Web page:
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Blogger Mock Draft: Spurs stare into the abyss, the abyss stares back

With the hypothetical 18th pick in the draft, the Spurs defaulted to their most basic Spursy nature, selecting Oregon’s Troy Brown Jr.

Portland Trail Blazers v San Antonio Spurs Photo by Ronald Martinez/Getty Images

Some time between the reports that Kawhi Leonard and the Spurs were expected to reach an agreement on a contract extension and the bombshell that he wanted out of San Antonio, I made my selection in SBNation NBA’s annual blogger mock draft.

The exercise is basically a simulation of draft-night activity, allowing for 30 fake GMs to negotiate trades and reshape their respective rosters however they can. There was a fun Harrison Barnes-Nicolas Batum (plus other pieces) swap between the Mavs and Hornets, and a pick swap between the asset-hungry Nets and cap-strapped Blazers. But with the real-world Spurs situation in an unresolved (yet hopeful, at the time) holding pattern, my ability to wheel and deal was hamstrung, and I resigned myself to the still-weighty decision of whose name to drop into our shared Google doc.

Last year that choice felt more or less made for me, with eventual 16th overall pick Justin Patton falling to San Antonio at 29. Patton didn’t do much in year one for the Timberwolves, but he was billed a project with upside and could still pan out to be a solid NBA player. Who knows.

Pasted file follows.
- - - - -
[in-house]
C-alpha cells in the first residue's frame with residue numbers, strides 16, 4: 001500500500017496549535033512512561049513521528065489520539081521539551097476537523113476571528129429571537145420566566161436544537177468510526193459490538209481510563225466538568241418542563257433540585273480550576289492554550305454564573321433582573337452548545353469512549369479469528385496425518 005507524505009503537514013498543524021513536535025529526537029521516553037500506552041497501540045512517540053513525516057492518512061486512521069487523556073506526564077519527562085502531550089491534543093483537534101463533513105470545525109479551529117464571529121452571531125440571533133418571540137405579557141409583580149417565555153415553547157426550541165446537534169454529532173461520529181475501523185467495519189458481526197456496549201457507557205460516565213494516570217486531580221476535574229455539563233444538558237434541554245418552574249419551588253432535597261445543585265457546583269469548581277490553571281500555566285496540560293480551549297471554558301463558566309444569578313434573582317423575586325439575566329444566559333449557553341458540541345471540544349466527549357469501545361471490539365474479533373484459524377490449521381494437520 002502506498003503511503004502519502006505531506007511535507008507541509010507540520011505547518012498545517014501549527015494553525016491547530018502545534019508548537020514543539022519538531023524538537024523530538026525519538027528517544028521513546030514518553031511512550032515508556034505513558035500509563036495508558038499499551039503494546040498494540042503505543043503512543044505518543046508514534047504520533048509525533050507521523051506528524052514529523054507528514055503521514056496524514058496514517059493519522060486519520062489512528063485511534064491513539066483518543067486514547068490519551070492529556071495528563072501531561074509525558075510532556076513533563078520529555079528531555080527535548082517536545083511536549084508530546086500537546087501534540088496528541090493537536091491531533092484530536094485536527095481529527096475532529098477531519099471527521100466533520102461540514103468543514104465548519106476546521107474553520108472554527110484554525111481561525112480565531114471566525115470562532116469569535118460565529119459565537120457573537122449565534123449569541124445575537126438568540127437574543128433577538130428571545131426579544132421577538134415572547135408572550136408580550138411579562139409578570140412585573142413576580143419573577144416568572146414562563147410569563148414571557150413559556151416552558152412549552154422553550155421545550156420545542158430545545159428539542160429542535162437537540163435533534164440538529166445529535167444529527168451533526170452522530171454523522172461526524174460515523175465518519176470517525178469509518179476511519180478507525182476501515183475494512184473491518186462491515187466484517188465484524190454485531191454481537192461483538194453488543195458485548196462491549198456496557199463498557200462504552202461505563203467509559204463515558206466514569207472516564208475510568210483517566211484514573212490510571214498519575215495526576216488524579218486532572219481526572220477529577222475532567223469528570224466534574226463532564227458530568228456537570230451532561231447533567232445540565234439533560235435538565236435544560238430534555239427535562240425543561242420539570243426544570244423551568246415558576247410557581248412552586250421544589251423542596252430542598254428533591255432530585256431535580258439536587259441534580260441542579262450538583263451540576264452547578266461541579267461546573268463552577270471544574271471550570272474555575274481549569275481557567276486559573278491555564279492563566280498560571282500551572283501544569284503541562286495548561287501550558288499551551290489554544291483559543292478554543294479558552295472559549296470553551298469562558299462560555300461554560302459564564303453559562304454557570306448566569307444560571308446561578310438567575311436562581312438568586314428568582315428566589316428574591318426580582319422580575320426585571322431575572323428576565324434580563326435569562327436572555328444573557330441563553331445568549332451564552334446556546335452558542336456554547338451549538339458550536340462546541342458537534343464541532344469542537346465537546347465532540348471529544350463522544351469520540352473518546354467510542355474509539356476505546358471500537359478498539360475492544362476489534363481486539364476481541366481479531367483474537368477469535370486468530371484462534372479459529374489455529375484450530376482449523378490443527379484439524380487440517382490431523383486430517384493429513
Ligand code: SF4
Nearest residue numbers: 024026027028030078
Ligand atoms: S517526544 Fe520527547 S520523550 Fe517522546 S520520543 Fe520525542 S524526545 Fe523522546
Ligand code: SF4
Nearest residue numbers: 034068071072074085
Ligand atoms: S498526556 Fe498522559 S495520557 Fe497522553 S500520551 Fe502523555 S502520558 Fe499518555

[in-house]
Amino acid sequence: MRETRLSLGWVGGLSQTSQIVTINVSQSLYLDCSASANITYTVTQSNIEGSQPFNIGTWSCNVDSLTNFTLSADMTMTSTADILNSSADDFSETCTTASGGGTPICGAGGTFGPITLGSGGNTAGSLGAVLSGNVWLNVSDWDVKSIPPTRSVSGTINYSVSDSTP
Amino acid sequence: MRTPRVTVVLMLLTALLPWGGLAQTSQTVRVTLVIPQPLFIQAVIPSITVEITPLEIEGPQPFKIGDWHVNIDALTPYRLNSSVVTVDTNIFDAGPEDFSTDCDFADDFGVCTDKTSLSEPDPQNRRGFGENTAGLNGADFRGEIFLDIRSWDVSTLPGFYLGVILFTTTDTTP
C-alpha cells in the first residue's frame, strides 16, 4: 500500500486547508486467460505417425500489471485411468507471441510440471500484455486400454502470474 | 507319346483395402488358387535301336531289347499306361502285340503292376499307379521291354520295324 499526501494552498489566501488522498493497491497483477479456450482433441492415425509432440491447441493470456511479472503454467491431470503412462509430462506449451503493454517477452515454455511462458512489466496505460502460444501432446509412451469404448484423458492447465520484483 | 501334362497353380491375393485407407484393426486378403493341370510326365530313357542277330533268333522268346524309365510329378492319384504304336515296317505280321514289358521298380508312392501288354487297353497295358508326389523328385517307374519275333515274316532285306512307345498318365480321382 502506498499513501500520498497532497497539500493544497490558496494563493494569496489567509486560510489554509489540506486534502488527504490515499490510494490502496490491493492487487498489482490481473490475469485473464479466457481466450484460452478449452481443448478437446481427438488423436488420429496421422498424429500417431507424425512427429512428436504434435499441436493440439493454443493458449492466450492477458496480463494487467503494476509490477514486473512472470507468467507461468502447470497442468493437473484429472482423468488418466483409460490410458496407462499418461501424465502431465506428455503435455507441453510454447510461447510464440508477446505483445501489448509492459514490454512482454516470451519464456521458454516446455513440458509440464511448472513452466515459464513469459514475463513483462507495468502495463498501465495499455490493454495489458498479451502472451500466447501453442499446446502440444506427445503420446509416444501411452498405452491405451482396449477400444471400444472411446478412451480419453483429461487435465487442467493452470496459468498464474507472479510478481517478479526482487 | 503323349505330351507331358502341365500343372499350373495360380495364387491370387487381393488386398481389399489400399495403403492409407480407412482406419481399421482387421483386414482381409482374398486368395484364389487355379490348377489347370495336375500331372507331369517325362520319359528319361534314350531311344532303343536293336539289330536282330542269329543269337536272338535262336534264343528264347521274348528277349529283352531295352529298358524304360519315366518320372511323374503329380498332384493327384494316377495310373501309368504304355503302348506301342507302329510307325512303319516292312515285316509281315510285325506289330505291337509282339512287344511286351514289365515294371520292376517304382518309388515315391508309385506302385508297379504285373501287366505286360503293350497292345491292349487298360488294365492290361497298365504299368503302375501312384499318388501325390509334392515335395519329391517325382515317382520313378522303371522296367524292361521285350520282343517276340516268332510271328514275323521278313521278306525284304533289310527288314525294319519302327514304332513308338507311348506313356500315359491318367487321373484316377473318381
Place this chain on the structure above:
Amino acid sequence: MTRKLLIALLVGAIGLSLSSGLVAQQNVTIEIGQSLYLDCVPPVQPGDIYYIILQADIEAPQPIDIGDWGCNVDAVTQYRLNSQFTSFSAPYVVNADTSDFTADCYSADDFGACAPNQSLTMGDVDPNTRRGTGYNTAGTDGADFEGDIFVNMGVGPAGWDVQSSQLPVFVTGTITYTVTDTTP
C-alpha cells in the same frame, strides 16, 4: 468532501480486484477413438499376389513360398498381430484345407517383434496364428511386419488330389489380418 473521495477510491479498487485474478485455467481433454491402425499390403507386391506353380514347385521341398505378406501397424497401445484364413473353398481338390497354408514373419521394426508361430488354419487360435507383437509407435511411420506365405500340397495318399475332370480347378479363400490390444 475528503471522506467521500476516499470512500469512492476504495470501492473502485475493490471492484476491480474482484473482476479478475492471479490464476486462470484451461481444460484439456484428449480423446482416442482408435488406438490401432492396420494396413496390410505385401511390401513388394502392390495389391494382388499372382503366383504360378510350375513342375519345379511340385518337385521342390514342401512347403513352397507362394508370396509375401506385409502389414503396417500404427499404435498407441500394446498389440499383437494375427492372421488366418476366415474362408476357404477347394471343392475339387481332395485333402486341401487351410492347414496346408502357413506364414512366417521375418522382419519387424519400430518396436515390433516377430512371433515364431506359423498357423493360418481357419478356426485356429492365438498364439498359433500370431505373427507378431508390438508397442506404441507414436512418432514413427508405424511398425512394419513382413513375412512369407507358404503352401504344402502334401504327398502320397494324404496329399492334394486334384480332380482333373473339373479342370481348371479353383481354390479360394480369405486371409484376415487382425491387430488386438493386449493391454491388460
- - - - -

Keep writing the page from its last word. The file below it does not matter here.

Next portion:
This year was a little different. At 18, the Spurs had (see: have) a better chance than usual to hit on a prospect, and there were (are) a number of options at the wing, where the team could need help as early as next season. Sure, talents like Michael Porter Jr., Kevin Knox, Zhaire Smith, and the two Bridges were off the board, but there still were (and should be this Thursday) a number of interesting options on the wing for the Spurs. Here’s a look at who went where, leading up to my pick:

  1. DeAndre Ayton (Suns)
  2. Luka Doncic (Kings)
  3. Jaren Jackson Jr. (Hawks)
  4. Marvin Bagley III (Grizzlies)
  5. Wendell Carter Jr. (Mavs)
  6. Mo Bamba (Magic)
  7. Michael Porter Jr. (Bulls)
  8. Trae Young (Cavs)
  9. Mikal Bridges (Knicks)
  10. Zhaire Smith (76ers)
  11. Miles Bridges (Mavs via Hornets)
  12. Shai Gilgeous-Alexander (Clippers)
  13. Elie Okobo (Magic via Clippers)
  14. Kevin Knox (Nuggets)
  15. Robert Williams (Wizards)
  16. Collin Sexton (Suns)
  17. Lonnie Walker (Bucks)

You can make an objective case for a number of players available here (and please do in the comments below!). But here were my problems: we still don’t have a good idea what kind of roster the Spurs are bolstering with this pick, each prospect in this range comes with some notable flaws to unpack, and my impostor syndrome is at its strongest when pressed to talk college basketball (as opposed to the lesser one I feel when talking Spurs).

Still, the Fake Spurs needed a pick, this exercise needed to go on, and I had a follow-up article that I would need to write. So I took a deep breath and let the world before me shrink to a mere pinhole of light that shined through my mind’s eye. All was dark and calm, and I felt the weight of a dozen still-lingering Kawhi questions dissipate. Then, the light before me began to grow, as if nearing the exit of a tunnel and, as it did, I saw him — him; not Him — making skip passes, moving his feet defensively, and exhibiting a passable level of athleticism. I saw this guy:

Troy Brown Jr. appears to possess a basketball IQ well beyond his age (he’s not 19 yet), is considered one of the stronger defenders in this draft, and his selection would absolutely affirm my West Coast conspiracy theory. He is very much a Spursy dude, even if he does not know if yet, and if he never indeed puts on a black and silver jersey. He is my fake draft pick, and I feel pretty OK about it.